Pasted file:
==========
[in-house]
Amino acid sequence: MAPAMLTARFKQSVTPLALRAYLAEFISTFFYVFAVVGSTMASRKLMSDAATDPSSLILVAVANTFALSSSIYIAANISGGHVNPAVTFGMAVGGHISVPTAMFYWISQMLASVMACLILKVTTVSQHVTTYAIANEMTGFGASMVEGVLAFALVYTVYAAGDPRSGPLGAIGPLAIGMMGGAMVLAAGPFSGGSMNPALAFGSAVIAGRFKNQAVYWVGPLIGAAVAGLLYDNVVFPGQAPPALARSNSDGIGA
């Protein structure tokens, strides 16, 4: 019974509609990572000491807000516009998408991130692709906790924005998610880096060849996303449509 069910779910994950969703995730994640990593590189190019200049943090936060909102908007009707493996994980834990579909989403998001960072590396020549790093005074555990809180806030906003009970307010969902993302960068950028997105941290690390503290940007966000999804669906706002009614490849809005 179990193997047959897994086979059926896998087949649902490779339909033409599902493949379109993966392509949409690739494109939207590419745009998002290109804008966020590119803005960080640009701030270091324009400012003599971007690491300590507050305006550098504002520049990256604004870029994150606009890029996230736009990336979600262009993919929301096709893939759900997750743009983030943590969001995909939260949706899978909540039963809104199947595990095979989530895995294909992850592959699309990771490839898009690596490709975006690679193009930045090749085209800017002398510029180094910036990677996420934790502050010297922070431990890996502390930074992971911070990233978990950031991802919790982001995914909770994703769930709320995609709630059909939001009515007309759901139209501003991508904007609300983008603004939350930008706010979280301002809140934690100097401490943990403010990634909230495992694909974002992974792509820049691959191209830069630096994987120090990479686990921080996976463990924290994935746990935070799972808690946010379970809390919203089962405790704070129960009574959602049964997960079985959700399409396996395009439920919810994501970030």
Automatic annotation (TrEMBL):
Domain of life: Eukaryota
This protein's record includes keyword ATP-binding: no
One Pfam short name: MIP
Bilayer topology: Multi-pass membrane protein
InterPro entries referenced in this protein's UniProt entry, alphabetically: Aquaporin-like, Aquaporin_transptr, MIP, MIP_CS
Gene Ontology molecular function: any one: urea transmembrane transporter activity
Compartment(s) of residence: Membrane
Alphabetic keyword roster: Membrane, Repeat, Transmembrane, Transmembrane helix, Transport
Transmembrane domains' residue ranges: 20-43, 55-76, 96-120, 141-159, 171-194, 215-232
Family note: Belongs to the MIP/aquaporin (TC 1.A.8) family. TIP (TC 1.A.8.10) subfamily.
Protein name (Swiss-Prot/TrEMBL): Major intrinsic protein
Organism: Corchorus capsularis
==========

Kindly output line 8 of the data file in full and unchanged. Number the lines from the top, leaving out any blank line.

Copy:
Bilayer topology: Multi-pass membrane protein